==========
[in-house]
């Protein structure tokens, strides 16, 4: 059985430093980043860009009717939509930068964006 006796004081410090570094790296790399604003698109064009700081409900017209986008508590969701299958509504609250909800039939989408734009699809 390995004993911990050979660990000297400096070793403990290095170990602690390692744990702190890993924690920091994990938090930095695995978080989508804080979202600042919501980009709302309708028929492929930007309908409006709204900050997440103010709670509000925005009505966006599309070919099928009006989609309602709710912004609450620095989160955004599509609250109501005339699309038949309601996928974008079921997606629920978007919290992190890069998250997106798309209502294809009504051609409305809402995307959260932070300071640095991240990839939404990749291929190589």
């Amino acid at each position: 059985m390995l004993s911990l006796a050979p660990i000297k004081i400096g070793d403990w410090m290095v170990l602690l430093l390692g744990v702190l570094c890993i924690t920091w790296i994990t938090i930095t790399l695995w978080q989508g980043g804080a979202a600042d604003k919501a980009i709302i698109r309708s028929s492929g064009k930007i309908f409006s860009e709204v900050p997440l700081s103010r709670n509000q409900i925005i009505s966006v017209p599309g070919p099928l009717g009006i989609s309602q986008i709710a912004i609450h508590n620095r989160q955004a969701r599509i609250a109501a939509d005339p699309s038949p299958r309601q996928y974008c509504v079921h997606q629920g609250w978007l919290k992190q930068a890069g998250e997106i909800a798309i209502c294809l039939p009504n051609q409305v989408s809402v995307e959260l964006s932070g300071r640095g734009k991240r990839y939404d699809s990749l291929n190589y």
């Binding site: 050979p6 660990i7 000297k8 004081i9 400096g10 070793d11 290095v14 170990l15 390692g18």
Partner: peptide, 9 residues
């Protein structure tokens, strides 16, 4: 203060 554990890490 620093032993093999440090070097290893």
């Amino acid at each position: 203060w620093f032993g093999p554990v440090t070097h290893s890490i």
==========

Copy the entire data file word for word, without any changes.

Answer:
[in-house]
């Protein structure tokens, strides 16, 4: 059985430093980043860009009717939509930068964006 006796004081410090570094790296790399604003698109064009700081409900017209986008508590969701299958509504609250909800039939989408734009699809 390995004993911990050979660990000297400096070793403990290095170990602690390692744990702190890993924690920091994990938090930095695995978080989508804080979202600042919501980009709302309708028929492929930007309908409006709204900050997440103010709670509000925005009505966006599309070919099928009006989609309602709710912004609450620095989160955004599509609250109501005339699309038949309601996928974008079921997606629920978007919290992190890069998250997106798309209502294809009504051609409305809402995307959260932070300071640095991240990839939404990749291929190589």
């Amino acid at each position: 059985m390995l004993s911990l006796a050979p660990i000297k004081i400096g070793d403990w410090m290095v170990l602690l430093l390692g744990v702190l570094c890993i924690t920091w790296i994990t938090i930095t790399l695995w978080q989508g980043g804080a979202a600042d604003k919501a980009i709302i698109r309708s028929s492929g064009k930007i309908f409006s860009e709204v900050p997440l700081s103010r709670n509000q409900i925005i009505s966006v017209p599309g070919p099928l009717g009006i989609s309602q986008i709710a912004i609450h508590n620095r989160q955004a969701r599509i609250a109501a939509d005339p699309s038949p299958r309601q996928y974008c509504v079921h997606q629920g609250w978007l919290k992190q930068a890069g998250e997106i909800a798309i209502c294809l039939p009504n051609q409305v989408s809402v995307e959260l964006s932070g300071r640095g734009k991240r990839y939404d699809s990749l291929n190589y």
């Binding site: 050979p6 660990i7 000297k8 004081i9 400096g10 070793d11 290095v14 170990l15 390692g18």
Partner: peptide, 9 residues
């Protein structure tokens, strides 16, 4: 203060 554990890490 620093032993093999440090070097290893």
């Amino acid at each position: 203060w620093f032993g093999p554990v440090t070097h290893s890490i």